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Spot-bellied eagle-owl   | Photo Credit: Sathish Senniyappan

A striking image of a dusky brown bird captures my attention as I flip through the pages of the newly-launched book titled Birds of Coimbatore. It’s the spot-bellied eagle-owl with a pair of round, dark eyes staring out of a flat face. It has a sharp yellow bill but what makes it arresting is its pair of distinctive ear tufts. A quick glance through the section on owls enlightens you on 15-odd species: the serene-looking barn owl in brown and grey shades, the Ceylon bay-owl distributed across the Western Ghats and Sri Lanka, and the jungle owlet with bright, yellow eyes.

A brief description accompanies every photograph and highlights the conservation status of the bird as rare, threatened, extinct, uncommon or of least concern as determined by the International Union for Conservation of Nature(IUCN). “A pictorial habitat icon indicates if the bird can be seen in grasslands, wetlands, rocky forests or paddy fields, or is nocturnal, and a QR code guides the readers to the xeno-canto website (dedicated to sharing bird sounds from all over the world) where they can listen to the bird call,” says G Prakash, who has co-authored the book along with A Pavendhan and PB Balaji.

The book, in its second edition, is brought out jointly by Coimbatore Nature Society (CNS), a birding group with over 200 members that has been organising bird walks every weekend since 2012, and Young Indians (Coimbatore Chapter), an initiative of the Confederation of Indian Industry. “It is a compilation of birds, a total of 409 species, sighted over the landmass of Coimbatore across different habitats from 2012 to September 2020,” says Pavendhan.

While the section on trogons, the birds of tropical forest, shows a male and female Malabar trogon with its crimson red plumage, the one on hoopoes and hornbills is a visual treat of cinnamon coloured common hoopoe, black-yellow-white great hornbill, and the Malabar grey hornbill. It continues with the section on doves and pigeons. Check out the Asian emerald dove, the State bird of Tamil Nadu that sits pretty with a bluish-grey crown, emerald green wings and pinkish legs.

The ‘ducks and geese’ segment features resident ducks like cotton pygmy-goose, knob-billed duck and the migrant ones like the highest-flying bar-headed goose. “The great crested grebe, a rare winter visitor, sighted in Coimbatore and nowhere else in South India finds a mention in the book,” says P B Balaji, adding that Tamil names of birds along with scientific and common names is a big plus. “For those who are new to bird watching, introduction to birds chapter is comprehensive. For seasoned birders, the checklist and the 40 hotspots are invaluable. It can give a push to ecotourism in the region,” adds Balaji. Another highlight is the introduction by Krishnaraj Vanavarayar that covers Coimbatore’s history from the prehistoric times as well as its current milestones in education, agro-industries, textiles and automobile sector.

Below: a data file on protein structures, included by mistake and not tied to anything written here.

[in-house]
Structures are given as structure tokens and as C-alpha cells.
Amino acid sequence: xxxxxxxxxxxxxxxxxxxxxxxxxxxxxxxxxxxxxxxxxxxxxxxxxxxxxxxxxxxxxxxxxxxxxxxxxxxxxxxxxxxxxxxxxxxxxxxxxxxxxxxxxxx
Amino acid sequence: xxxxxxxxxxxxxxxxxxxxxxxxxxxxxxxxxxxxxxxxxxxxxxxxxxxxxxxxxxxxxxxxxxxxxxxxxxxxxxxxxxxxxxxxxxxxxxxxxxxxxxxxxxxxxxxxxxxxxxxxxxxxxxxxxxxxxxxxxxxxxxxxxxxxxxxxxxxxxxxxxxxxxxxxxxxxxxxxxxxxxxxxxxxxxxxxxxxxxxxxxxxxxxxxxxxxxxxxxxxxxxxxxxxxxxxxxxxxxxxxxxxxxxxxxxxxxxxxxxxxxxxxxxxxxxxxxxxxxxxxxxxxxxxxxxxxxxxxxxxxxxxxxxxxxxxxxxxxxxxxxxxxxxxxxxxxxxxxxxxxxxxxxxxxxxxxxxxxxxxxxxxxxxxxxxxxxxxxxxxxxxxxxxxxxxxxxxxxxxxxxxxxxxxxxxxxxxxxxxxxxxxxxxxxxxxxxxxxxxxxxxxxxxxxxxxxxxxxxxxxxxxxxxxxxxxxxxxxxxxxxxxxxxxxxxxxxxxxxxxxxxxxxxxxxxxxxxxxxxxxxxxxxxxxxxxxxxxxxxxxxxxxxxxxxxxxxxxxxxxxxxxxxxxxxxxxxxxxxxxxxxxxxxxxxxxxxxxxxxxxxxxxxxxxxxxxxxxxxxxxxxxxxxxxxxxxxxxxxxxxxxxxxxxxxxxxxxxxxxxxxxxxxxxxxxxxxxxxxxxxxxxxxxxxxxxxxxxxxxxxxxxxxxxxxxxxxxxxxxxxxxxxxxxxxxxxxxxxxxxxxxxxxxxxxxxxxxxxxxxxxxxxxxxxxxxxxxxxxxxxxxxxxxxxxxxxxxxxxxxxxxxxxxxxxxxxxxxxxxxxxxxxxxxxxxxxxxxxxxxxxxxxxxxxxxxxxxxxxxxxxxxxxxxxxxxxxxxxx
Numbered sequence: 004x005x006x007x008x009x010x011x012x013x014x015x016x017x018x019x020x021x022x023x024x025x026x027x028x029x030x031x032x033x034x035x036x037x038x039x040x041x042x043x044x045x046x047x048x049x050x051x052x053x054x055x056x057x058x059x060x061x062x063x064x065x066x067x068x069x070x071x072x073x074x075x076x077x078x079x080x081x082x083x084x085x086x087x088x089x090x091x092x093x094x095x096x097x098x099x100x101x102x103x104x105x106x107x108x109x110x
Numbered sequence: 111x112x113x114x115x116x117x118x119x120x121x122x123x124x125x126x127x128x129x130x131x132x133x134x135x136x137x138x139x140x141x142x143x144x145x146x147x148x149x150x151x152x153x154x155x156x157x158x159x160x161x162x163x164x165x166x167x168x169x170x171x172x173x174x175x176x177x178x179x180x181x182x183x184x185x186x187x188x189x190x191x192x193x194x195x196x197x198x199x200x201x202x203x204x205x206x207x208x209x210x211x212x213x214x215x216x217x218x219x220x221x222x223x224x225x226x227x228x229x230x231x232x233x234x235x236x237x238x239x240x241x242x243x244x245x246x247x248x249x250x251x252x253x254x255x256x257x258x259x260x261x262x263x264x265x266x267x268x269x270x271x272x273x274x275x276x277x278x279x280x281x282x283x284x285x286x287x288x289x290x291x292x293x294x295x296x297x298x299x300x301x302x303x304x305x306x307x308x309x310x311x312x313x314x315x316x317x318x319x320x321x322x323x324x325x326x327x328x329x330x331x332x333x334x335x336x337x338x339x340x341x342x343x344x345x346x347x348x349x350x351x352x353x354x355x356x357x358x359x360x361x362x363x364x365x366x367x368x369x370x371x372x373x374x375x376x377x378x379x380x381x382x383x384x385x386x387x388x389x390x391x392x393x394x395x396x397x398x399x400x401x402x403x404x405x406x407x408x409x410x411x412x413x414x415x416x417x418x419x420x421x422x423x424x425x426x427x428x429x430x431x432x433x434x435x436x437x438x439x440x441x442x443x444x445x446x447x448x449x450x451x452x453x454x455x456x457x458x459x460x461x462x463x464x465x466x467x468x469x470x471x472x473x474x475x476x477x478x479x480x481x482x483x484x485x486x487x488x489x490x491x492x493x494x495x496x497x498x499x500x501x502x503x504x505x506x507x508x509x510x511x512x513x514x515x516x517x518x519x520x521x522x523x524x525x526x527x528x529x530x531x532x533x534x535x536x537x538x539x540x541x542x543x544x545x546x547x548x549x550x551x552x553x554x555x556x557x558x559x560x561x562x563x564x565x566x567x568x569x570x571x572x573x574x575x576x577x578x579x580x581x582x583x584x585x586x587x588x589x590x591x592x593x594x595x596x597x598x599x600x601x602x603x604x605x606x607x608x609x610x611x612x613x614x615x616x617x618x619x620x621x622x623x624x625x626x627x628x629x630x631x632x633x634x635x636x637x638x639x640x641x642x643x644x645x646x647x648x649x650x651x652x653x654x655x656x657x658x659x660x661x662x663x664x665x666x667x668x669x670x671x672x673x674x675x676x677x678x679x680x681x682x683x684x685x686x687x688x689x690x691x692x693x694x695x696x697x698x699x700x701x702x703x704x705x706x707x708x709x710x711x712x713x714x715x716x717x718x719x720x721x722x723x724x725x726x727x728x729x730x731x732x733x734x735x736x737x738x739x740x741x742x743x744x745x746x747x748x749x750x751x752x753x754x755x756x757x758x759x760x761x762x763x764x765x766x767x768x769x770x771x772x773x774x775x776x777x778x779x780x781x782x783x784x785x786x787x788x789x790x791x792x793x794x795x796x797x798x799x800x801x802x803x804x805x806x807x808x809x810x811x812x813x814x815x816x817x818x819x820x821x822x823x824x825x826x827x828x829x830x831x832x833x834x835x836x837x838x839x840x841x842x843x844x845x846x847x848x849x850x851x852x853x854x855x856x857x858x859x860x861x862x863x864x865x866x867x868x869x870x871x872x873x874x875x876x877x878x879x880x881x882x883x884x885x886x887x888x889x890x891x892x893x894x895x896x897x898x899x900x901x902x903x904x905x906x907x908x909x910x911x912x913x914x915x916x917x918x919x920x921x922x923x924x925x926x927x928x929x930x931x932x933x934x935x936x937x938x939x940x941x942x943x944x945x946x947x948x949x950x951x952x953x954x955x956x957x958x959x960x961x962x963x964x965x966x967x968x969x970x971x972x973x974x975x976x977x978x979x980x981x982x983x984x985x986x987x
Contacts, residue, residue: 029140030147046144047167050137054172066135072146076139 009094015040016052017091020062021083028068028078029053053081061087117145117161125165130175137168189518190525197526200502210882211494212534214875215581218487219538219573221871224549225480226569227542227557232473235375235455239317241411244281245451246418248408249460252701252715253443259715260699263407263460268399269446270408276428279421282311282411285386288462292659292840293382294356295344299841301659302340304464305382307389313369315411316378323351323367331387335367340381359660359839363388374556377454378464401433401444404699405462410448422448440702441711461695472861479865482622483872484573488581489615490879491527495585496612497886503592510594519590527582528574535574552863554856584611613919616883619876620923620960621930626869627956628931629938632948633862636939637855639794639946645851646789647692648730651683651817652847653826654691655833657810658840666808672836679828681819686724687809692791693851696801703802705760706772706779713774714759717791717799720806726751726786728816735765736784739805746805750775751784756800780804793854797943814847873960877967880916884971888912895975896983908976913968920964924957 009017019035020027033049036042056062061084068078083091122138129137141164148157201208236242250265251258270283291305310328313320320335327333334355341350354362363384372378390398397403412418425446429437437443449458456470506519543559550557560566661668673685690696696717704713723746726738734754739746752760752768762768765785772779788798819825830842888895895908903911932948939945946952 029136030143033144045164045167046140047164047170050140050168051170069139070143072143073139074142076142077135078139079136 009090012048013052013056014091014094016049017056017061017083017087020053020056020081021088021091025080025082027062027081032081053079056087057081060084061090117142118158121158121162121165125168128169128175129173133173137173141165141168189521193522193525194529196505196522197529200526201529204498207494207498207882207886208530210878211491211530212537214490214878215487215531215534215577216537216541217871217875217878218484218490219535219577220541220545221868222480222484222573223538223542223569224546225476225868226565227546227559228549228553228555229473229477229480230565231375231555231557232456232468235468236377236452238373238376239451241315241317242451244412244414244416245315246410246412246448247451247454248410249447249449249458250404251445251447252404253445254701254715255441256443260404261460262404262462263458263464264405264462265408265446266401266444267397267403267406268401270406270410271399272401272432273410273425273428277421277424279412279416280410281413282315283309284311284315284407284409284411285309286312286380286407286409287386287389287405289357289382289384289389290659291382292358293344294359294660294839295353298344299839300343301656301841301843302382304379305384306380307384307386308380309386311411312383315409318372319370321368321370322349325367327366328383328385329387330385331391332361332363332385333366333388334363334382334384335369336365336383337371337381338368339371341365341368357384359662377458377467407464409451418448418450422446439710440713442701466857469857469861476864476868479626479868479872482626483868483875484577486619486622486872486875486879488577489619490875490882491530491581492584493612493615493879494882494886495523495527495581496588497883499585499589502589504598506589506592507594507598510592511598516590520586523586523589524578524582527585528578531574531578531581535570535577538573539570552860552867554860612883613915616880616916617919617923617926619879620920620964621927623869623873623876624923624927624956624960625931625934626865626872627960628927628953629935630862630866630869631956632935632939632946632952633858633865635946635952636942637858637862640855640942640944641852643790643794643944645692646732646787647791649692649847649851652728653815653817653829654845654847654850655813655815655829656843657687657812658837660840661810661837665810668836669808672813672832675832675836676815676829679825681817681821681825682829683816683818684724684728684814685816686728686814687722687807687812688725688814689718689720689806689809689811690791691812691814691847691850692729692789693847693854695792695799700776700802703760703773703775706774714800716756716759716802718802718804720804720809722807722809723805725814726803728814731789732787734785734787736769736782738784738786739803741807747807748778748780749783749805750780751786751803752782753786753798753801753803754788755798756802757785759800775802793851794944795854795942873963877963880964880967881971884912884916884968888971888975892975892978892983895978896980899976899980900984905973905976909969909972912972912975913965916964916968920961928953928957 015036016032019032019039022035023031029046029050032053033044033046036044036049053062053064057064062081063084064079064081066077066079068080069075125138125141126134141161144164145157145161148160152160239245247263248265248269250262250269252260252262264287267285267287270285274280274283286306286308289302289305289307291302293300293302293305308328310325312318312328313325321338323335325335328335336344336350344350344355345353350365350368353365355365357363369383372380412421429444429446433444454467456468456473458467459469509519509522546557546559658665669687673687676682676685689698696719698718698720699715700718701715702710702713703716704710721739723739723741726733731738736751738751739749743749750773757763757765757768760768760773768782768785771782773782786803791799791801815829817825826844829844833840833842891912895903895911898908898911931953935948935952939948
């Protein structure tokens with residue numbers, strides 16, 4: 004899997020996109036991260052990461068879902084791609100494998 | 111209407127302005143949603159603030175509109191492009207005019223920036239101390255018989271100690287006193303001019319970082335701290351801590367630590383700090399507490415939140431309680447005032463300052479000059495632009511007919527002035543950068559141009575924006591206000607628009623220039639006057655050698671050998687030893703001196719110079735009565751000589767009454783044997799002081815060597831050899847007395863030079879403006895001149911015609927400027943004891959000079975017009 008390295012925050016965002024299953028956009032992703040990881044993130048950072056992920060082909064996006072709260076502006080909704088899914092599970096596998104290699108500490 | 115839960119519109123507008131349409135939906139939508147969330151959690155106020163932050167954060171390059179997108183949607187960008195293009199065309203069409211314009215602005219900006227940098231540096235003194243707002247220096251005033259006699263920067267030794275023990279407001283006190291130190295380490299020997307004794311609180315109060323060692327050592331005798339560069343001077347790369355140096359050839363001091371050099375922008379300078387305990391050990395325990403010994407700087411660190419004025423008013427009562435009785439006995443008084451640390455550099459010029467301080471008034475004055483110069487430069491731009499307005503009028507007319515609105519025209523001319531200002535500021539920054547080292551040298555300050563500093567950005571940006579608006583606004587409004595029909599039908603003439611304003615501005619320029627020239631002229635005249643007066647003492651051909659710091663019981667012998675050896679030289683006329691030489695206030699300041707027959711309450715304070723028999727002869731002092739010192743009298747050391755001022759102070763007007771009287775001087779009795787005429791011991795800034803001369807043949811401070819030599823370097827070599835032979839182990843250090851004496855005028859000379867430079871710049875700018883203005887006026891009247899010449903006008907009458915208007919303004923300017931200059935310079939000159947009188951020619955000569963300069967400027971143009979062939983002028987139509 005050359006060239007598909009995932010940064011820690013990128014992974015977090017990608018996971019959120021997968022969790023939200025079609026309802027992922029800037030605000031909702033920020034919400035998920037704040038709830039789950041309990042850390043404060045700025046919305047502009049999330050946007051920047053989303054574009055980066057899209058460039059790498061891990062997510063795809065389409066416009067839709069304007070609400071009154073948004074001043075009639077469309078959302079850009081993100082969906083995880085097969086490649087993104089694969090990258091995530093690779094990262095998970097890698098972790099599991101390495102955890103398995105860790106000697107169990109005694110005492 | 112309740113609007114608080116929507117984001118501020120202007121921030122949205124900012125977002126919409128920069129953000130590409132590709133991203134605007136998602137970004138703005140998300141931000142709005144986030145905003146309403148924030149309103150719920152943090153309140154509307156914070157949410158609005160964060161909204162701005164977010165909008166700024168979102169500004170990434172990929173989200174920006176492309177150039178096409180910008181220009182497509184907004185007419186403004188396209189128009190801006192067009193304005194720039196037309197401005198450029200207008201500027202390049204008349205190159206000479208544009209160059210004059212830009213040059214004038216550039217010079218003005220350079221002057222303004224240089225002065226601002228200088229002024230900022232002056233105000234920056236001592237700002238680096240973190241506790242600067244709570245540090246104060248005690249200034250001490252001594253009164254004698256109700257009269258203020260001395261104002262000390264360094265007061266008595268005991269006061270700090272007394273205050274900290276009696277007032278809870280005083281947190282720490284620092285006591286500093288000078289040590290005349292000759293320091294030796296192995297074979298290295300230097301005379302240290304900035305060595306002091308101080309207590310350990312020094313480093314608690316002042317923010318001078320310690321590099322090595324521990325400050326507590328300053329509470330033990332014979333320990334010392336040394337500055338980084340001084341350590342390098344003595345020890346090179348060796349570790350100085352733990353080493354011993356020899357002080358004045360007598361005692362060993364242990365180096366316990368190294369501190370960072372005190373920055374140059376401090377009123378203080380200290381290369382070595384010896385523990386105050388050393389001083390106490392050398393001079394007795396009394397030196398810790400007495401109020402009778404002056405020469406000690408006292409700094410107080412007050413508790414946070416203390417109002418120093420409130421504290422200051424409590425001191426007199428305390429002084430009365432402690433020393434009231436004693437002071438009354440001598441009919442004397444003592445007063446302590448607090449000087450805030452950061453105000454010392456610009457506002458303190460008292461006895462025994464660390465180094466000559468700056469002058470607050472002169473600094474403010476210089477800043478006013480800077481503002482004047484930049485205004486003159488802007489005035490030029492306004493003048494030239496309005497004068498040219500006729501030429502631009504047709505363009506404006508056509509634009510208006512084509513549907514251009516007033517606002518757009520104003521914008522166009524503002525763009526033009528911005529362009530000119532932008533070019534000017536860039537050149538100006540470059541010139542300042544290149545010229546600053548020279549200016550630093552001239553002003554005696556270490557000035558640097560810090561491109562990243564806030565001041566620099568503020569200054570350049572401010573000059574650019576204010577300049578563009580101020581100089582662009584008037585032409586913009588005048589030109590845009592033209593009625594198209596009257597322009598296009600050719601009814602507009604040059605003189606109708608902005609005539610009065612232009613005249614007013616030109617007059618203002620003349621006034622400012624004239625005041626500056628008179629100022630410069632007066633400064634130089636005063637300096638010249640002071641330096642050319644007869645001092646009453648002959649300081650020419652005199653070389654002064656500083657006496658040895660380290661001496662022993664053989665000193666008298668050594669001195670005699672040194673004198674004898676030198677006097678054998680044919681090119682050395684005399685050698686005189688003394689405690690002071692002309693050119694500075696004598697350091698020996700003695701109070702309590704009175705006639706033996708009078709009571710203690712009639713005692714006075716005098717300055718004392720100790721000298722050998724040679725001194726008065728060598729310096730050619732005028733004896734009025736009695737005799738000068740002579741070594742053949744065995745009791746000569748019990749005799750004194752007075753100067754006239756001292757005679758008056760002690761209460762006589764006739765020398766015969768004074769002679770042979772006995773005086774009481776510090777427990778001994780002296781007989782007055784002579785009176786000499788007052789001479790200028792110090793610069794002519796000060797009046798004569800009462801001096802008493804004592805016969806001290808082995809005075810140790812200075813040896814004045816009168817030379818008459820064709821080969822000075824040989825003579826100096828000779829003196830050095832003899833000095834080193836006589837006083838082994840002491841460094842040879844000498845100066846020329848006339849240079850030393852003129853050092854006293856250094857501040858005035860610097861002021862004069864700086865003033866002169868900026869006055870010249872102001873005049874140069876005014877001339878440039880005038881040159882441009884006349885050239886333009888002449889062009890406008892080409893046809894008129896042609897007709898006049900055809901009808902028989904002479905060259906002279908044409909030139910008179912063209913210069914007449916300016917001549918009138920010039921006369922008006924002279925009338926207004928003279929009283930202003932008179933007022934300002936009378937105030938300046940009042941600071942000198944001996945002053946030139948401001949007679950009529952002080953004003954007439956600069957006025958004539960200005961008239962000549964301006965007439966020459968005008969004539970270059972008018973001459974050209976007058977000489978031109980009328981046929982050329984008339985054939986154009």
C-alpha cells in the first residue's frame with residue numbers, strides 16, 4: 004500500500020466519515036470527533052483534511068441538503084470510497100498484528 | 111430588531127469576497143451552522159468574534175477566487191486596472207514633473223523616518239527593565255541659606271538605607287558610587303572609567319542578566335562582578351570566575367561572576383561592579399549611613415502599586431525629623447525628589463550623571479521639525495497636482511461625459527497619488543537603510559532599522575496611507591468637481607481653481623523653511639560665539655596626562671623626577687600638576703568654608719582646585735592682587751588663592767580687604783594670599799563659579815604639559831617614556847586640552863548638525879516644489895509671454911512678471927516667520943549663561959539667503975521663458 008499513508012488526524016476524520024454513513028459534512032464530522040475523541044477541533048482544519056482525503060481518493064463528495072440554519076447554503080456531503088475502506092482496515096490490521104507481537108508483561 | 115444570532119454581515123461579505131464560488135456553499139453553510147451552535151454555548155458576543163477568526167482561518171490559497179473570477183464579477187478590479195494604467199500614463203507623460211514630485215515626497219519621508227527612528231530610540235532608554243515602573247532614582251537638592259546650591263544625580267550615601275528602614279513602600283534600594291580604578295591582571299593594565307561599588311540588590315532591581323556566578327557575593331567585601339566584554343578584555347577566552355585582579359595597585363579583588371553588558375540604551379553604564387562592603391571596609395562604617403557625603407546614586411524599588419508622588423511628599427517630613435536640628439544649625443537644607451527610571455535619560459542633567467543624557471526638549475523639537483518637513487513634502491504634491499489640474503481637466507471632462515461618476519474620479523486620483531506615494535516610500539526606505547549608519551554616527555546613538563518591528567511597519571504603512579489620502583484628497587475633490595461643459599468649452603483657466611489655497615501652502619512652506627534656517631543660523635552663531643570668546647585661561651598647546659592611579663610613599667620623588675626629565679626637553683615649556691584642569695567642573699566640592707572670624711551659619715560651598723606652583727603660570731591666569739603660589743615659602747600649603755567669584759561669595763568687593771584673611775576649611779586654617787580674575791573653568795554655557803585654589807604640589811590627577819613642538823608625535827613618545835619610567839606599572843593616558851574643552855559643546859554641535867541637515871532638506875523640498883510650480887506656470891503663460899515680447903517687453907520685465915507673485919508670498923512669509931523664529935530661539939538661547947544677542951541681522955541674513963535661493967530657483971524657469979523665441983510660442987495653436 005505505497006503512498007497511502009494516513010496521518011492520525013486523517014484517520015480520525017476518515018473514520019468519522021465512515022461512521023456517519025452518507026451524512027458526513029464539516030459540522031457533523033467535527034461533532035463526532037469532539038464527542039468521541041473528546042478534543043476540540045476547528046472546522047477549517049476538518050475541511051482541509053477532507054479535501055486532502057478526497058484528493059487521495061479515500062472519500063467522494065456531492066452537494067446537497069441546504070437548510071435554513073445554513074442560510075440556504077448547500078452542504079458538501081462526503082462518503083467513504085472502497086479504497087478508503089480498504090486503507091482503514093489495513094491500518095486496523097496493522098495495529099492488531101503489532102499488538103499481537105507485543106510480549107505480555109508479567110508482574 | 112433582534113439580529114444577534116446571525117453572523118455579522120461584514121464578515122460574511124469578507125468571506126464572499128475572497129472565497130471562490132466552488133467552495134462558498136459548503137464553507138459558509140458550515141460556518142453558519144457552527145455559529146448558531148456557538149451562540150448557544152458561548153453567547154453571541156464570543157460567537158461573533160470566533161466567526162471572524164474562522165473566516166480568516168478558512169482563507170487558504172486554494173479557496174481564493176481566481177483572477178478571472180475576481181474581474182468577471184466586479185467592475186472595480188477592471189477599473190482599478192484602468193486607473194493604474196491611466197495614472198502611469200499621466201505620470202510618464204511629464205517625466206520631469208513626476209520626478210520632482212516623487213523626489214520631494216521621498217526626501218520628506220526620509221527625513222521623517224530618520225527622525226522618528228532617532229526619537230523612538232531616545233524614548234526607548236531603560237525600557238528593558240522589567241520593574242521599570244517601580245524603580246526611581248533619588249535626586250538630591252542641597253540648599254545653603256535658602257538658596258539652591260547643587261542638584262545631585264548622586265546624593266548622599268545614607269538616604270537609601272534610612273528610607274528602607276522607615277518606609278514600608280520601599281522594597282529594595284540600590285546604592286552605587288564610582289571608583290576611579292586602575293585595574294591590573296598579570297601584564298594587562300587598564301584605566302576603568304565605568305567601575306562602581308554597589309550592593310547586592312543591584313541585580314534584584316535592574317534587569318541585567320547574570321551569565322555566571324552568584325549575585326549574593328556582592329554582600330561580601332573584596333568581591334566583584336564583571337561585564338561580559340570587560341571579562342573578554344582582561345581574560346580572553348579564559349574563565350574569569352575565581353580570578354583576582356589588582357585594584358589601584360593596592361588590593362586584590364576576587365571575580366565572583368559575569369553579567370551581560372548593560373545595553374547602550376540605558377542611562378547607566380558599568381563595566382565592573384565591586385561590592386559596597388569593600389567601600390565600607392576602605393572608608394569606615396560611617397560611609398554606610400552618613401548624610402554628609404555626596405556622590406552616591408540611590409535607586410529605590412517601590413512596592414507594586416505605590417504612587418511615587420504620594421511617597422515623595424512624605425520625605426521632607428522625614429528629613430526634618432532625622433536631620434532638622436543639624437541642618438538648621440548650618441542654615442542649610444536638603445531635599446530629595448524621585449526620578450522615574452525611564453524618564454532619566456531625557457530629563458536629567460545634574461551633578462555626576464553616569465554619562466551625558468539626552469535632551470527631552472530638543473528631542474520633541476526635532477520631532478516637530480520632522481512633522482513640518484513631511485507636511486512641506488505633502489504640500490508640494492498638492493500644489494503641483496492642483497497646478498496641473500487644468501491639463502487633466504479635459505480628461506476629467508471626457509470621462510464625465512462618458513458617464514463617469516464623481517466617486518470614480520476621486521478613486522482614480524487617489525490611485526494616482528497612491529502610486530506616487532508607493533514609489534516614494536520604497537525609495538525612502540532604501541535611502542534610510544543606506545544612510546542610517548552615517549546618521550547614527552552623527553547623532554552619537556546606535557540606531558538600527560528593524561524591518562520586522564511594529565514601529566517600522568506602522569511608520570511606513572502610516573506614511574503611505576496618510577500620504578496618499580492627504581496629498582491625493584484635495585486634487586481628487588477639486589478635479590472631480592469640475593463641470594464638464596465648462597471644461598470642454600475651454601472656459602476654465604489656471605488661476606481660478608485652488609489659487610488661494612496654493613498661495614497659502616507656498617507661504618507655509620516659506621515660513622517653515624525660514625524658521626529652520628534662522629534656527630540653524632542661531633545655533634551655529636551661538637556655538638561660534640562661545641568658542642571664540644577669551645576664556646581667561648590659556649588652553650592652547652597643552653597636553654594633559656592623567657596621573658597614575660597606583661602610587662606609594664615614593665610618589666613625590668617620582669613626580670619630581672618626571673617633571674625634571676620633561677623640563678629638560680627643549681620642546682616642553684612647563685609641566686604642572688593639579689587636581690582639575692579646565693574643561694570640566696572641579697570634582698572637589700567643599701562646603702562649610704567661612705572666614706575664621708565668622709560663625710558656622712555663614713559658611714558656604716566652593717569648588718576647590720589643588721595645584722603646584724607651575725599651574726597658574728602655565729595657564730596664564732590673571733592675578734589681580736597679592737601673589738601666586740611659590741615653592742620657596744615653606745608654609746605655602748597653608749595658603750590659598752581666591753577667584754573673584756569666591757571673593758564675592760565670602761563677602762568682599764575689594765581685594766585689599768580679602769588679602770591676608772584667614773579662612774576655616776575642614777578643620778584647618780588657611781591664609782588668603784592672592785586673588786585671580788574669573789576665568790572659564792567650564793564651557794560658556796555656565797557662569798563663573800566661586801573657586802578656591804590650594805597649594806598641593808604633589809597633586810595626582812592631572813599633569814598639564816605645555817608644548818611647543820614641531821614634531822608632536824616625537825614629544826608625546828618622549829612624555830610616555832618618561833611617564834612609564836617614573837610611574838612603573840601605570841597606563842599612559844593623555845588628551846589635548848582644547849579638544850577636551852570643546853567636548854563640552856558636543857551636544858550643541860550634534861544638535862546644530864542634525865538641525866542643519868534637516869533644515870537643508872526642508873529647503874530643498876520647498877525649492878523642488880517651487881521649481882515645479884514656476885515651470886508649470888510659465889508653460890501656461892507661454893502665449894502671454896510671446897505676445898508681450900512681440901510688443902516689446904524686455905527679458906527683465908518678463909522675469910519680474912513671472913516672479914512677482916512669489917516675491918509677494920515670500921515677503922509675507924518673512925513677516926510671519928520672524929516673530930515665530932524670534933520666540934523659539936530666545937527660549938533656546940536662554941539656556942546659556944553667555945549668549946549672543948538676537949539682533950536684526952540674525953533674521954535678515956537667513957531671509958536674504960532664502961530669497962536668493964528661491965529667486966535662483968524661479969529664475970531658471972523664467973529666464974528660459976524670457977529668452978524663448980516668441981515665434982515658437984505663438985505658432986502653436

Pavendhan draws your attention to the migratory birds that throng a myriad landscapes including wetlands, forests, and grasslands during the wintering months. “The birds featured can be seen across all districts of Tamil Nadu.”

While the Indian peafowl and gray francolin (koudhari in Tamil) that can easily be spotted in urbanscape take centrestage among ground-feeding birds, there is enough information on greater flamingos, that make an occasional appearance at Coimbatore wetlands while enroute to their wintering grounds.

Tracing the journey of the book, R Selvaraj, the founding president of CNS says the objective is to educate people on bird watching and eventually conservation. A 10-member team has worked tirelessly to ensure that the data is credible. “We have specialists amongst us in shore birds, owls, and ducks to name a few, who have contributed immensely to the book.”

Prakash is quick to add that the book’s USP are the priceless on-field observations by birders; he gives an example: “Darter, which is called snake bird, has a unique feeding behaviour. It darts its neck to impale fish and then brings it out of water and tosses it in air before swallowing the fish. The cormorants who share the habitat tries its luck to catch the fish.”

The authors say bird watching is also about common birds. “Have you tried seeing a jungle crow or common crow using binoculars?” asks Prakash, adding,“The appearance and behaviour is fascinating. You can learn a lesson in every single move of the bird. Bird watching can never be boring.”

The book is priced at ₹1,000. Google Pay numbers are 9840092602, 9842261279. Discounts offered for students and bulk purchases from institutions. Write to [email protected]

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